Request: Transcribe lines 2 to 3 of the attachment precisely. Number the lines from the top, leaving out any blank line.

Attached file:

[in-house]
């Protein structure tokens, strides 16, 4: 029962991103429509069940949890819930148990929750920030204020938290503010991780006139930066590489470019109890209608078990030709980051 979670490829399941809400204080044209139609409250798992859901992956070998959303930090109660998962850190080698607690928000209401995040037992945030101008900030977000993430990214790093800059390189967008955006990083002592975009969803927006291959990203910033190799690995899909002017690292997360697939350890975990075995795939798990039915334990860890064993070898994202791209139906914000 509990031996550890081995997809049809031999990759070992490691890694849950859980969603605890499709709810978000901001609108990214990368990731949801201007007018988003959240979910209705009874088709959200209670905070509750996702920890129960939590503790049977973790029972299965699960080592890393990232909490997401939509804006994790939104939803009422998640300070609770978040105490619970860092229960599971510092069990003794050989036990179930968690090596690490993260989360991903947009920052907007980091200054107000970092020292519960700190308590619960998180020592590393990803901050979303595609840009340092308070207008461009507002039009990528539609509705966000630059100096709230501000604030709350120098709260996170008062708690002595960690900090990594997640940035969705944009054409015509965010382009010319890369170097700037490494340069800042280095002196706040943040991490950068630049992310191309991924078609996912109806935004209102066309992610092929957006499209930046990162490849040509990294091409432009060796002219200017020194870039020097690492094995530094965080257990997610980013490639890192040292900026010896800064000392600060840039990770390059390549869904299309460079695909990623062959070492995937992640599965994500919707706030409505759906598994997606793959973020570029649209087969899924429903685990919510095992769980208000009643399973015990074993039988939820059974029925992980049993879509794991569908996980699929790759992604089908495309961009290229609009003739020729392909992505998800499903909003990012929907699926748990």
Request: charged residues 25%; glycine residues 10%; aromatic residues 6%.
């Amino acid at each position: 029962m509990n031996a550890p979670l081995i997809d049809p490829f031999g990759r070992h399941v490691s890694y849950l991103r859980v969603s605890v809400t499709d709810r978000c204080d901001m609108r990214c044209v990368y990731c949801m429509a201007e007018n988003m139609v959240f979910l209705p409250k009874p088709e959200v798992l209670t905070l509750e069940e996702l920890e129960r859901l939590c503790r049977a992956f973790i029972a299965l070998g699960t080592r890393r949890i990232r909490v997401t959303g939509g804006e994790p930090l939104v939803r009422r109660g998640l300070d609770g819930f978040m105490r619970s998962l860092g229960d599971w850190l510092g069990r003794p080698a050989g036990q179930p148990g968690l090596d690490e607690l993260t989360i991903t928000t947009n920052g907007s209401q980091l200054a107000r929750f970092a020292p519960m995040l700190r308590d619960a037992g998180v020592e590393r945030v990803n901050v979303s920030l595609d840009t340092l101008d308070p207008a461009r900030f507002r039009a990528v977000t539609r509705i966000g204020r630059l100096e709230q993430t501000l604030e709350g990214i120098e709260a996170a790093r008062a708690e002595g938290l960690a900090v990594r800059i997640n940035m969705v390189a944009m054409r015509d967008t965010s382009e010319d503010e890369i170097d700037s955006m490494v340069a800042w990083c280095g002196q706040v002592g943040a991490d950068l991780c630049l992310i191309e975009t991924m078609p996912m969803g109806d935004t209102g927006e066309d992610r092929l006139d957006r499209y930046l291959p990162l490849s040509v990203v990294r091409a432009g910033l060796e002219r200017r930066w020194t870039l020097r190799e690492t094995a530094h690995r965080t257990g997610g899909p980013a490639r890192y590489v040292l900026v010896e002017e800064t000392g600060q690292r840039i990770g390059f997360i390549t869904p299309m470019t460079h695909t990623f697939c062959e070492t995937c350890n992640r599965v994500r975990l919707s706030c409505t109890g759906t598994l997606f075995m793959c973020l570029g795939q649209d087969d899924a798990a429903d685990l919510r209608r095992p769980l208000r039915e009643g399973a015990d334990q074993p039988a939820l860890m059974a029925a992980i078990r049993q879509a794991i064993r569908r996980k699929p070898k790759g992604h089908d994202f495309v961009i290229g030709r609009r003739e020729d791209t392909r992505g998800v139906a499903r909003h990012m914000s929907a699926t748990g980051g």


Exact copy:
């Protein structure tokens, strides 16, 4: 029962991103429509069940949890819930148990929750920030204020938290503010991780006139930066590489470019109890209608078990030709980051 979670490829399941809400204080044209139609409250798992859901992956070998959303930090109660998962850190080698607690928000209401995040037992945030101008900030977000993430990214790093800059390189967008955006990083002592975009969803927006291959990203910033190799690995899909002017690292997360697939350890975990075995795939798990039915334990860890064993070898994202791209139906914000 509990031996550890081995997809049809031999990759070992490691890694849950859980969603605890499709709810978000901001609108990214990368990731949801201007007018988003959240979910209705009874088709959200209670905070509750996702920890129960939590503790049977973790029972299965699960080592890393990232909490997401939509804006994790939104939803009422998640300070609770978040105490619970860092229960599971510092069990003794050989036990179930968690090596690490993260989360991903947009920052907007980091200054107000970092020292519960700190308590619960998180020592590393990803901050979303595609840009340092308070207008461009507002039009990528539609509705966000630059100096709230501000604030709350120098709260996170008062708690002595960690900090990594997640940035969705944009054409015509965010382009010319890369170097700037490494340069800042280095002196706040943040991490950068630049992310191309991924078609996912109806935004209102066309992610092929957006499209930046990162490849040509990294091409432009060796002219200017020194870039020097690492094995530094965080257990997610980013490639890192040292900026010896800064000392600060840039990770390059390549869904299309460079695909990623062959070492995937992640599965994500919707706030409505759906598994997606793959973020570029649209087969899924429903685990919510095992769980208000009643399973015990074993039988939820059974029925992980049993879509794991569908996980699929790759992604089908495309961009290229609009003739020729392909992505998800499903909003990012929907699926748990």
Request: charged residues 25%; glycine residues 10%; aromatic residues 6%.